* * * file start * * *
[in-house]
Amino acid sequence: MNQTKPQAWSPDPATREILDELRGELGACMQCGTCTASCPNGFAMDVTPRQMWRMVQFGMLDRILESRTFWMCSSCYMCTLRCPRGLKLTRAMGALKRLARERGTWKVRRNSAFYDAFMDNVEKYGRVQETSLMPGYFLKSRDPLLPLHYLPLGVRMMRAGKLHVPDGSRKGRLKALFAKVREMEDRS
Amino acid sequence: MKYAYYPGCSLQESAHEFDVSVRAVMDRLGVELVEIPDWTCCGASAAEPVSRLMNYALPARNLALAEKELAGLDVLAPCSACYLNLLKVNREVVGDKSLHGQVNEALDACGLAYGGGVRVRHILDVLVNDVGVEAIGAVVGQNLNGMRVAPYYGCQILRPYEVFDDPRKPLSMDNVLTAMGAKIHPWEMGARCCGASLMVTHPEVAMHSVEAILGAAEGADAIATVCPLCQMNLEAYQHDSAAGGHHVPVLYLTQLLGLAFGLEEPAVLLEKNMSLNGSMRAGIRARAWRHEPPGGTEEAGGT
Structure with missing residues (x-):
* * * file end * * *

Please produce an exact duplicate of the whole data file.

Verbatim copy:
[in-house]
Amino acid sequence: MNQTKPQAWSPDPATREILDELRGELGACMQCGTCTASCPNGFAMDVTPRQMWRMVQFGMLDRILESRTFWMCSSCYMCTLRCPRGLKLTRAMGALKRLARERGTWKVRRNSAFYDAFMDNVEKYGRVQETSLMPGYFLKSRDPLLPLHYLPLGVRMMRAGKLHVPDGSRKGRLKALFAKVREMEDRS
Amino acid sequence: MKYAYYPGCSLQESAHEFDVSVRAVMDRLGVELVEIPDWTCCGASAAEPVSRLMNYALPARNLALAEKELAGLDVLAPCSACYLNLLKVNREVVGDKSLHGQVNEALDACGLAYGGGVRVRHILDVLVNDVGVEAIGAVVGQNLNGMRVAPYYGCQILRPYEVFDDPRKPLSMDNVLTAMGAKIHPWEMGARCCGASLMVTHPEVAMHSVEAILGAAEGADAIATVCPLCQMNLEAYQHDSAAGGHHVPVLYLTQLLGLAFGLEEPAVLLEKNMSLNGSMRAGIRARAWRHEPPGGTEEAGGT
Structure with missing residues (x-):